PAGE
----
Thursday, September 10, 2020

"...without any mental reservation or pupose of evaison..."

    I took some time before now to gather my thoughts on this post, because my emotions would have made me sound too sappy if I had posted this right afterwards. Of course, I'll probably sound pretty sappy anyway, but I'll take that chance. 
    My son recently received his commission as a Second Lieutenant in the United States Army, Signal Corps. This was one of the proudest moments I've experienced as a parent. 
This is not to say I'm not proud of all of my children, quite the contrary. Each one of them has made me proud of them over and over throughout their lives, but this one was different to me. I got to directly share in Aaron's moment and I will be ever grateful for it.
If you've never seen a commissioning ceremony it is like most commencement type ceremonies: a speech or two, some formal statement of the accomplishment and a celebration. Commissioning has two elements that make make it different and very "goose-bumby" for me. 
Each newly-minted officer takes an oath of office wherein they swear to support and defend the constitution of the United States against all enemies. That is a very serious matter indeed and should be given the reverence it deserves. About a dozen men and women swore that oath, promising to put OUR safety and OUR lives ahead of theirs. This kind of commitment is rare and I thank each and every one of them for that sacrifice and it is my fervent wish that that is the ONLY sacrifice they are ever required to give.
    The second unique aspect of a commissioning is the tradition of the Silver Dollar Salute. The new officer asks an enlisted man or woman, past or present, who has been influential to them to have the honor of giving the new officer their first Salute. That's how I got to share in his moment and damn near burst with pride. Aaron chose me for that honor.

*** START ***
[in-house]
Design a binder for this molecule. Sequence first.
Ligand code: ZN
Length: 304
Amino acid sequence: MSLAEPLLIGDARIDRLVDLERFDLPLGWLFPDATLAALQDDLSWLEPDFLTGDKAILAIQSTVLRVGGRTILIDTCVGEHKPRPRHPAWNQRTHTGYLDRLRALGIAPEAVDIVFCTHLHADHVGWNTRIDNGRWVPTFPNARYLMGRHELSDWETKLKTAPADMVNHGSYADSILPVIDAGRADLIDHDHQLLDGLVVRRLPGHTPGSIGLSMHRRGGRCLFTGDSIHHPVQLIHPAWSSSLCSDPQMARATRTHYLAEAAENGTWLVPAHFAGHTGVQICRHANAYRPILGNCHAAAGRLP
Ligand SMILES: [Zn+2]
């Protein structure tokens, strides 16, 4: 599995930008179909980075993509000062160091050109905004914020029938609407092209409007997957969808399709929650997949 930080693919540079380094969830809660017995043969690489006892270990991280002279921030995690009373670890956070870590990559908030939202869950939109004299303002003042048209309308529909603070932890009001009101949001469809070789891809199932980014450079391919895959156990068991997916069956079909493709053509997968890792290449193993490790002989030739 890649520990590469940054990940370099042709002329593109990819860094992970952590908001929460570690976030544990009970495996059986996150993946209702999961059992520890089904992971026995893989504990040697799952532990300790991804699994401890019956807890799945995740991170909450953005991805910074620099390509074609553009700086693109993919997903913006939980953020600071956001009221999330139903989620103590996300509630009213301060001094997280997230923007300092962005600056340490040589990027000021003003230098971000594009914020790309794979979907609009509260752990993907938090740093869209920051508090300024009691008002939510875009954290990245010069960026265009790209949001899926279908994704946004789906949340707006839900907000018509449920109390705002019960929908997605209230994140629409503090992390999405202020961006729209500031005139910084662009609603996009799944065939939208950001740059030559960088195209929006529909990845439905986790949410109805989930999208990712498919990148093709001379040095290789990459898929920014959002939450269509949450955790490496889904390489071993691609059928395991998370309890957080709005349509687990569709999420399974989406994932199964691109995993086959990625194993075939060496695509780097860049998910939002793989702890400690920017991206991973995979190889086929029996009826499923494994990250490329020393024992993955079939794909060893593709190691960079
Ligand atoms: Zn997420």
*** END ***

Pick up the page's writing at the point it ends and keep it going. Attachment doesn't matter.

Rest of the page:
In the days and weeks, months really because of COVID, before his brother and I traveled to his university for the ceremony, I practiced. A lot. It's been quite a few years since my brief military career, but the need to execute the salute sharply felt even more important than it did under the constant threat of unending pushups during basic training at Ft. Jackson SC. if I had gotten it wrong!
    Toes at a forty-five degree angle, hands cupped, thumbs down, arm up smartly, upper arm parallel to the ground, fore arm straight, hand as a knife-edge, tip of my finger at the corner of my eyebrow.     "Congratulations, Lieutenant Steele!", wait for his return salute to begin to drop and smartly return my right arm to my side at the position of attention.
    Three words.
    One gesture of respect shared between a father and a son. 
    The father watching his son become the man he tried to be. 
    The father watching his son exceed his achievements and so proud that he had.
    It has always been my dream for my children to achieve more than I have, and each one, in their own way, has or is working on doing that. But one chose a path so similar to my own, and has already soared higher than I could and allowed me to share in his moment in such a special way. 
I will never forget his gift of that moment.


Saturday, November 08, 2008

On Being a Cubs Fan

On Being a Cubs Fan